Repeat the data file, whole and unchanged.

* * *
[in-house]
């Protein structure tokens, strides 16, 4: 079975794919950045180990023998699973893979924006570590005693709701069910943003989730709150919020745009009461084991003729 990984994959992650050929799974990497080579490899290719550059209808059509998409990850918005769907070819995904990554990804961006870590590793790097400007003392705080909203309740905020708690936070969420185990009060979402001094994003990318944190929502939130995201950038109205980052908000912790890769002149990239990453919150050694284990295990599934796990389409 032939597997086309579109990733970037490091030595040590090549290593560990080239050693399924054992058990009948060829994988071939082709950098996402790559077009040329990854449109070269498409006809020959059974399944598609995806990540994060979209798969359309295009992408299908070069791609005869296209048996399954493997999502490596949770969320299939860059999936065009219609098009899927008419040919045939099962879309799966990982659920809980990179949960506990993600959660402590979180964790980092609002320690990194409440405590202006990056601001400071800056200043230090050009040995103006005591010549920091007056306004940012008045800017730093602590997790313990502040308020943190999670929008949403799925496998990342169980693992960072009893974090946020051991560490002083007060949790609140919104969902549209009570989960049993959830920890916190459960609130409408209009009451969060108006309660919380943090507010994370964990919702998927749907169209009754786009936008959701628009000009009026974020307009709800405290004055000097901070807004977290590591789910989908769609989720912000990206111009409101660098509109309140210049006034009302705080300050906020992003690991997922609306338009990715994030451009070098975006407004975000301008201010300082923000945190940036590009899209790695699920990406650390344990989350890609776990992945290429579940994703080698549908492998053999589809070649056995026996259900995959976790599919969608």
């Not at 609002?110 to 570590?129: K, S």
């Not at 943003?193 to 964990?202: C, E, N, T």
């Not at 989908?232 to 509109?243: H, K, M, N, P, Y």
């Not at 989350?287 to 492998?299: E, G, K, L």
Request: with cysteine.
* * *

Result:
[in-house]
């Protein structure tokens, strides 16, 4: 079975794919950045180990023998699973893979924006570590005693709701069910943003989730709150919020745009009461084991003729 990984994959992650050929799974990497080579490899290719550059209808059509998409990850918005769907070819995904990554990804961006870590590793790097400007003392705080909203309740905020708690936070969420185990009060979402001094994003990318944190929502939130995201950038109205980052908000912790890769002149990239990453919150050694284990295990599934796990389409 032939597997086309579109990733970037490091030595040590090549290593560990080239050693399924054992058990009948060829994988071939082709950098996402790559077009040329990854449109070269498409006809020959059974399944598609995806990540994060979209798969359309295009992408299908070069791609005869296209048996399954493997999502490596949770969320299939860059999936065009219609098009899927008419040919045939099962879309799966990982659920809980990179949960506990993600959660402590979180964790980092609002320690990194409440405590202006990056601001400071800056200043230090050009040995103006005591010549920091007056306004940012008045800017730093602590997790313990502040308020943190999670929008949403799925496998990342169980693992960072009893974090946020051991560490002083007060949790609140919104969902549209009570989960049993959830920890916190459960609130409408209009009451969060108006309660919380943090507010994370964990919702998927749907169209009754786009936008959701628009000009009026974020307009709800405290004055000097901070807004977290590591789910989908769609989720912000990206111009409101660098509109309140210049006034009302705080300050906020992003690991997922609306338009990715994030451009070098975006407004975000301008201010300082923000945190940036590009899209790695699920990406650390344990989350890609776990992945290429579940994703080698549908492998053999589809070649056995026996259900995959976790599919969608």
């Not at 609002?110 to 570590?129: K, S």
């Not at 943003?193 to 964990?202: C, E, N, T």
């Not at 989908?232 to 509109?243: H, K, M, N, P, Y």
């Not at 989350?287 to 492998?299: E, G, K, L």
Request: with cysteine.